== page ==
Singer, songwriter and guitarist Tommy Castro may not be a household name, but amongst denizens of the blues' scene Castro is a living legend. In 2008, the California-based musician cemented his reputation as a searing 12-bar axe man when he took home the Blues Music Award for the Entertainer of the Year. Followers of contemporary blues consider Castro the second coming of John Lee Hooker. Add given the fact that musical nonprofit group, the Blues Foundation, handed Castro the coveted B. B. King Entertainer of the Year prize in 2010, you'll be scratching your head as to why you've never heard of this soulful maestro.
The good news is you can catch up in a big way this Sunday, by jumping aboard the Legendary Rhythm and Blues Cruise, which features Castro and his new band the Painkillers.
Earlier this week, New Times had the good fortune to speak to Castro at his Marin County, California home. The gifted six-string player was in good spirits, anxiously awaiting his tour of the East Coast, and looking forward to stepping aboard Holland America's MS Nieuw Amsterdam for the R&B musical high seas adventure.
Castro is the bi-annual voyage's honorary captain. "It's one of the best gigs you can ask for as a blues musician," says Castro of the fully-charted, sold out musical expedition which sets sail from Fort Lauderdale on January 20. Castro has been a part of the cruise for the past ten years, and his powerful guitar parts play a vital role in the Legendary Rhythm and Blues Cruise revue band.
Tommy Castro and The Painkiller's played a warm up performance this Thursday at the Funky Biscuit in Boca Raton and tonight have a show in New Smyrna Beach. Castro says audiences in Florida are very receptive to his brand of blues but mentions he hasn't found too many places to perform. "After all these years of gigging in Florida, we have yet to find a venue in Miami to play a show." Thank the blues gods for spots like the Funky Biscuit.
After leaving Port Everglades, the Blues Cruise has planned spots in such destinations as St. Kitts, Tortola , and Half Moon. Joining Castro onboard are blues giants Taj Mahal, Elvis Bishop and Mavis Staple, and many others.
Castro lays out the typical day for him on the ship. "We get up in the morning and head straight to the buffet. We try not to eat too much, because it is easy to do. There is lots of food all the time." Tickets start at $1,400 for a double room. Castro says although it seems pricey, "you will get your money's worth on food alone, so it's a pretty good deal."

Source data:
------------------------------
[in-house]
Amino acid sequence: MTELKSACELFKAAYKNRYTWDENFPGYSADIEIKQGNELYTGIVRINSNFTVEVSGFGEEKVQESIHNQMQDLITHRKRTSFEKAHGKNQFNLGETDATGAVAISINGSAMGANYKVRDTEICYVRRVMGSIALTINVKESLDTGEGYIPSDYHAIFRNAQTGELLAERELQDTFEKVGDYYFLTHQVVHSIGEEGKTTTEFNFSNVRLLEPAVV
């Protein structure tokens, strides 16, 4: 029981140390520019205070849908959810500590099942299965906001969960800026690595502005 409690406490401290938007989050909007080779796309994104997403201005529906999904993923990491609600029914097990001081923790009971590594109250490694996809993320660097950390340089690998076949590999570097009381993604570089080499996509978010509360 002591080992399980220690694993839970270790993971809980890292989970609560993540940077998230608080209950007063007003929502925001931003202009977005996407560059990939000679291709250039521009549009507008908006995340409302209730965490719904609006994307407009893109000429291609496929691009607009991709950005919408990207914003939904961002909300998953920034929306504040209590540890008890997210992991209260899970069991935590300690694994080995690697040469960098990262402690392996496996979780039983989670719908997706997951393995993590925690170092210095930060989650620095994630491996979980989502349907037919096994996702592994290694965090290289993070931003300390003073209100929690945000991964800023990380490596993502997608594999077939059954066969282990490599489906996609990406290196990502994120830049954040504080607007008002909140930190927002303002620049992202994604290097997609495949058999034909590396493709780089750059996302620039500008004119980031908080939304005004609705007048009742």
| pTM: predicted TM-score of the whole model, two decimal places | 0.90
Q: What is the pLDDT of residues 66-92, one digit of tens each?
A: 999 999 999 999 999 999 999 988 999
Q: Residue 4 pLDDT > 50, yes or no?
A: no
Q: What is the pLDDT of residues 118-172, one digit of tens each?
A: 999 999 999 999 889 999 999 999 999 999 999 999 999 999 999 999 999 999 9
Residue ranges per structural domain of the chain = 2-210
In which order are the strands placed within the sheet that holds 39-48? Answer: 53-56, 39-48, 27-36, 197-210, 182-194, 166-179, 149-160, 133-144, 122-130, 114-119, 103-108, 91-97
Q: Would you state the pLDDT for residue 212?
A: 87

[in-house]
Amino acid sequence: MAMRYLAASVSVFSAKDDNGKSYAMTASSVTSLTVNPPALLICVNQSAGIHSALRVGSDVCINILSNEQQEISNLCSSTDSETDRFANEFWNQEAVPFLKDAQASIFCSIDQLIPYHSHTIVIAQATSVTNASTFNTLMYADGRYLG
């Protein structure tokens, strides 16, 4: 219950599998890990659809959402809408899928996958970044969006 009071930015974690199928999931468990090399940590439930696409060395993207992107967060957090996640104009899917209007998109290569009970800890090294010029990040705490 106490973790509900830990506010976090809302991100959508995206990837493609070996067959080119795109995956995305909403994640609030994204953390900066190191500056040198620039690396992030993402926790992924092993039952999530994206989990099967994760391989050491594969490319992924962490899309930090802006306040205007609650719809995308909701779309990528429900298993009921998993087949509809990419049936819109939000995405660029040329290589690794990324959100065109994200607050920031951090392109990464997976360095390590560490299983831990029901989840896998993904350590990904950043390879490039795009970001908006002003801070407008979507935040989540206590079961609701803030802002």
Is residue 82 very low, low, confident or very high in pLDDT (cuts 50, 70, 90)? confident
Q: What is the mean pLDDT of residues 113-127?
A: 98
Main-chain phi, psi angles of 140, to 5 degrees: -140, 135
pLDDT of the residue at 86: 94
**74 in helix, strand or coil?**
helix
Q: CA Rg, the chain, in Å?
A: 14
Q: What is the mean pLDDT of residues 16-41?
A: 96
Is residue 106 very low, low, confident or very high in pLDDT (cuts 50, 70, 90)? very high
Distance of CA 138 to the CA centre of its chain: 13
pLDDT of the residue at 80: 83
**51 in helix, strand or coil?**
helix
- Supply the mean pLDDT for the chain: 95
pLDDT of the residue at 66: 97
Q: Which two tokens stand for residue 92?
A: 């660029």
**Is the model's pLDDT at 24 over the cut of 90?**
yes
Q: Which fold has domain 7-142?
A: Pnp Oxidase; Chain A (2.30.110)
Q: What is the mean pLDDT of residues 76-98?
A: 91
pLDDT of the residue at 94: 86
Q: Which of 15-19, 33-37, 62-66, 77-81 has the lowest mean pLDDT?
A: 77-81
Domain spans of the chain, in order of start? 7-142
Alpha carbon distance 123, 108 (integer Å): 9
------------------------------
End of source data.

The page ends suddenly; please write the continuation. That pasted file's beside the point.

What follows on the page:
In his new band, the Painkillers, Castro was hoping to capture a leaner, grittier sound, in the vein of Gary Clark Jr. and the Black Keys. Castro set aside the horns section that created a "wall of sound," to back his funky frets, and sought a stripped-down vibe with the Painkillers -- a back-to-basics four-piece.
"It's not me reinventing myself," says Castro about the new band, "in actuality this lineup brings me closer to the roots of the group."
He certainly is getting in touch with his roots, joining forces with the original bass, Randy McDonald, who he first started gigging with years ago.
Since reuniting with McDonald, Castro says the Painkillers have "hit the ground running," releasing a seven-inch double single with Chicago's Alligator Records, "Greedy"/"That's All I Got," almost immediately after forming. Castro, noticing the vinyl record craze across the nation, choose to release the debut in a "sweet looking" limited
edition mint green
vinyl. Which you can pick up on the ship, or if dry land's your thing, on alligator.com.
Tommy Castro & The Painkillers perform at the Legendary Rhythm and Blues Cruise #20. Departs at 5 p.m. from Port Everglades, 1850 Eller Drive, Fort Lauderdale. The Cruise is officially sold out, but the booking office does have a waiting list. Call the office